Chinese hotpot chain Haidilao accused of keeping files on customers’ dining habits, physical appearance

  • Chinese hotpot chain Haidilao has come under fire after a woman claimed that its restaurants keeps files on customers’ physical appearances and spending habits.
  • The woman posted photos on local social media platform Xiaohongshu that allegedly show the restaurant’s labeling system based on physical traits and order styles.
  • The woman claims that the manager of a Haidilao restaurant has in response to her post offered compensation with a gift and an apology.
  • While some users feel that the records are an invasion of privacy, others believe that it is harmless as long as the information is not public.

Chinese hotpot chain Haidilao has been swept up in online controversy after a woman claimed that its restaurants keeps detailed files on customers’ restaurant habits and physical appearances.

According to South China Morning Post, a Shanghai woman by the profile name “Naliyouzhimiao” uploaded a post on local social media and e-commerce platform Xiaohongshu stating that Haidilao has been secretly keeping records of customers’ information such as their physical appearances and observed behaviors.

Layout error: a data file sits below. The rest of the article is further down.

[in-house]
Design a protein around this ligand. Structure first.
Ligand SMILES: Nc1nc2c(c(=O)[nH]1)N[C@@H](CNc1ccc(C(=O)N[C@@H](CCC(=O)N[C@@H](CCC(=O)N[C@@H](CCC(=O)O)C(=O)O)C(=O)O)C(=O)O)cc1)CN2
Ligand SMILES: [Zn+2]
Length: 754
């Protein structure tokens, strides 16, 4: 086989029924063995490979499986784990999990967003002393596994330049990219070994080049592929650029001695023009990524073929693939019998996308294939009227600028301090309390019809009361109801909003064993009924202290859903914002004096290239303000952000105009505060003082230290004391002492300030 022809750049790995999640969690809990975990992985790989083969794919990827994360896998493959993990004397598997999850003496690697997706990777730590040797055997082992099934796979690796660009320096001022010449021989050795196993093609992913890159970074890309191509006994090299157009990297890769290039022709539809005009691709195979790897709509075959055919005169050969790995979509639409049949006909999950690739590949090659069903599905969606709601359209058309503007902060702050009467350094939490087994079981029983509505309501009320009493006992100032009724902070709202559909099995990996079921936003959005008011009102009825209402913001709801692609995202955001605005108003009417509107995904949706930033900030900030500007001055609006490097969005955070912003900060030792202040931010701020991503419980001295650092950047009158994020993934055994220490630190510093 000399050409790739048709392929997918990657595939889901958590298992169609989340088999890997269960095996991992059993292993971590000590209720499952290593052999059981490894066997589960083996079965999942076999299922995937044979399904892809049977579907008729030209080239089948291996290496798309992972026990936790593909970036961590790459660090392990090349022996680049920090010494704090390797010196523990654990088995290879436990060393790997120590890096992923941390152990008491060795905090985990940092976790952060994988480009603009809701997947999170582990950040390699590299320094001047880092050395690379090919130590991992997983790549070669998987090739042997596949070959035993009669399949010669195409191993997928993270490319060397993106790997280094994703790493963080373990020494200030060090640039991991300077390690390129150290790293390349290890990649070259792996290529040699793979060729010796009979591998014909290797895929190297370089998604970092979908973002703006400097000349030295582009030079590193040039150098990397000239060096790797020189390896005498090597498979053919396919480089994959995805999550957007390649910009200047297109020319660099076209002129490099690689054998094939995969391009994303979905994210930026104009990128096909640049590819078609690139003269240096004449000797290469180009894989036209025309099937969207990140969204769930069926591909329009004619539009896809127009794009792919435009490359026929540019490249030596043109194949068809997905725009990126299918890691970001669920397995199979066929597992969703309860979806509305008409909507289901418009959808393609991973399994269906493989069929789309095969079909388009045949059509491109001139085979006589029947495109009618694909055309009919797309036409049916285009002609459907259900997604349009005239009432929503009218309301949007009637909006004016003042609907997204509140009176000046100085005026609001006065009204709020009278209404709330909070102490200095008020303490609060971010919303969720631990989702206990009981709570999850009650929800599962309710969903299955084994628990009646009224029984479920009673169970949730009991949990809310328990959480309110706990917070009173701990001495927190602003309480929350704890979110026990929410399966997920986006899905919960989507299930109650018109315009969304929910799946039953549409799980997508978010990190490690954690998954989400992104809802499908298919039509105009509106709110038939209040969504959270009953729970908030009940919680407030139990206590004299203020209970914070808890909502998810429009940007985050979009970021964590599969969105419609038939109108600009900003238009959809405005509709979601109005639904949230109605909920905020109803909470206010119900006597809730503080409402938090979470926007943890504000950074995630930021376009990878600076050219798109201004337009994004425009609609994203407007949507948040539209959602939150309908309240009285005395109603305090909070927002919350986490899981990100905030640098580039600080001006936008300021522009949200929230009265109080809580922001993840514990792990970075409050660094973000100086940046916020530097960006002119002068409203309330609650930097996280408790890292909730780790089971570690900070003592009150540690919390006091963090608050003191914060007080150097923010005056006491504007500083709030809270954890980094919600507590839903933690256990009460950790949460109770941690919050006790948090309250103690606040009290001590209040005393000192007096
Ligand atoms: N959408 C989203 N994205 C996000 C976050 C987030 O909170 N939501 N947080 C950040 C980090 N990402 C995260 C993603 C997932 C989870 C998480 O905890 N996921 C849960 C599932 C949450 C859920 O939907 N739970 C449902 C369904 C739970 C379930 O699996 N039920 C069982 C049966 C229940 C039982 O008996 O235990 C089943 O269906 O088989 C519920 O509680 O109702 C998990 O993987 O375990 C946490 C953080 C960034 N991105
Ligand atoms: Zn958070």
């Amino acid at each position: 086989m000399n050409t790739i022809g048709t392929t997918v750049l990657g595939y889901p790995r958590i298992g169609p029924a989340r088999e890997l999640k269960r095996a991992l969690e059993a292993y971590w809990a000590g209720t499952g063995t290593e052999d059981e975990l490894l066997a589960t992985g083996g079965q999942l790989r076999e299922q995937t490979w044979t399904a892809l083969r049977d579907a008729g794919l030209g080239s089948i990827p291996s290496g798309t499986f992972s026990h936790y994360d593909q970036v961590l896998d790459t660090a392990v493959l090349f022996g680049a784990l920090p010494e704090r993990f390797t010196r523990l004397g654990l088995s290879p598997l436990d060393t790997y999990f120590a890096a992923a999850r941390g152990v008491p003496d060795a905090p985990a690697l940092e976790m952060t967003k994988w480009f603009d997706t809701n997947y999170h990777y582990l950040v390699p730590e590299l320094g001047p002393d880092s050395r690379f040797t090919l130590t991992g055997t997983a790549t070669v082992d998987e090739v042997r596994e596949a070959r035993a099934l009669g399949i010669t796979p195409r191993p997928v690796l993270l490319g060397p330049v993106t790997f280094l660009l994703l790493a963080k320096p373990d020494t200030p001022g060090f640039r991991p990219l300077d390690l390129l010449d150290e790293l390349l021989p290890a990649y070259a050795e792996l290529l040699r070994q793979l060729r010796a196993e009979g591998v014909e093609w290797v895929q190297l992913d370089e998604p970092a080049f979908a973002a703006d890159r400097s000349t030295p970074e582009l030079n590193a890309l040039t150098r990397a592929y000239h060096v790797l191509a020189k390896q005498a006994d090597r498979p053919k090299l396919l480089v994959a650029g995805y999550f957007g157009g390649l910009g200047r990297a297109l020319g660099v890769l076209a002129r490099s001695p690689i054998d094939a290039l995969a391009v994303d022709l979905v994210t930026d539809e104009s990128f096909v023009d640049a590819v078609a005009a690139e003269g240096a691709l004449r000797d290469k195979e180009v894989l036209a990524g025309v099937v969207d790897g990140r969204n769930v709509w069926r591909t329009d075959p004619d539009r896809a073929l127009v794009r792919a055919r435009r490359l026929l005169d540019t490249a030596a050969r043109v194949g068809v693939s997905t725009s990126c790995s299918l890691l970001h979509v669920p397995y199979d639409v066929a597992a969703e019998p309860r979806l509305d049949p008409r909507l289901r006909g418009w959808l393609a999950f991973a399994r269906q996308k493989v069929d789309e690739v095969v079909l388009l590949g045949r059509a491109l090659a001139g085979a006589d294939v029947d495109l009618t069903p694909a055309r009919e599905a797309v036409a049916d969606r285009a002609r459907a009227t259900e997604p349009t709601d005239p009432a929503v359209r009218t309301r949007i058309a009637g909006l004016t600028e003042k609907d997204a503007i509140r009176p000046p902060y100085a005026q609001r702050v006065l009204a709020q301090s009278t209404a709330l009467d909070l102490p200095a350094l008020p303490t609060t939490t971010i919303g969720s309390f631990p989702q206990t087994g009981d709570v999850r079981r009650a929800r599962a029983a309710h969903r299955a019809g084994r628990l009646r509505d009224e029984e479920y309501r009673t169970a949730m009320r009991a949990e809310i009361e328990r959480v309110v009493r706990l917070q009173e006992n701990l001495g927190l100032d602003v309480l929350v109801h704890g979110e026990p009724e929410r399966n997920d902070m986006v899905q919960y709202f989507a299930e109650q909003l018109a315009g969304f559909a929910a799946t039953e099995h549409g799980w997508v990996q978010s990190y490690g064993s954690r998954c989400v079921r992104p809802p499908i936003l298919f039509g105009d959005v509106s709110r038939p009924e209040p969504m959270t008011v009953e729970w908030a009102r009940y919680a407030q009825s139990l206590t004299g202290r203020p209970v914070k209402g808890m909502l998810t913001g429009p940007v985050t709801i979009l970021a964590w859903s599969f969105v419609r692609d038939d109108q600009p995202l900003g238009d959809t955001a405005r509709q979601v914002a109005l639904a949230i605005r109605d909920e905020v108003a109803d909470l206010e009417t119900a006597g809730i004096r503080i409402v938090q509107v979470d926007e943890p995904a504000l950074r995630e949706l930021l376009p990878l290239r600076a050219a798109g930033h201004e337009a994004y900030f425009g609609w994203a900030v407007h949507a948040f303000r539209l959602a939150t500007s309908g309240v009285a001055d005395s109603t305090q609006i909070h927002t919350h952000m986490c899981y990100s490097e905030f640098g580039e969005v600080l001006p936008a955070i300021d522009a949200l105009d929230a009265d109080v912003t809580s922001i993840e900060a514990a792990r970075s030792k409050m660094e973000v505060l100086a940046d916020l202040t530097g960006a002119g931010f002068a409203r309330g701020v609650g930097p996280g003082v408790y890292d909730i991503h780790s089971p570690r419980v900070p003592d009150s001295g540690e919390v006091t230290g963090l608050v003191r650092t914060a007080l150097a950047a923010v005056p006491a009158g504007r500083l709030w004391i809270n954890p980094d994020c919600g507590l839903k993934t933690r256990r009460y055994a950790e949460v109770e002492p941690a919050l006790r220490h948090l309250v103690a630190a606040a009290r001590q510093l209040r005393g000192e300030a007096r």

She uploaded a series of photos that show the hotpot chain’s supposed filing system, which is divided into four different categories. One of the categories, customer demands, shows detailed records of what certain customers ask for at the restaurant such as “plain water” or “hand-peeled oranges,” according to South China Morning Post.

Another category dedicated to physical appearances included descriptions such as “slim” and “healthy skin tone” written in the restaurant’s database.

The woman wrote that upon discovering her post, which later went viral on Weibo, a Haidilao restaurant manager reached out to issue an apology while offering a gift as compensation.

Although many users expressed their belief that the database was an invasion of privacy, some said there is nothing wrong with the collection of customer profiles as long as the information is kept private.

An employee at the Shanghai Zheng Ce Law Firm, Chen Chang, said that keeping a file on customers’ profiles is not illegal as long as the information is kept private while displaying neutrality.

One user wrote, “I wish the pork chop restaurant I frequent could give me a label ‘no black pepper!’,” reported South China Morning Post.


Featured Image via Strictly Dumpling

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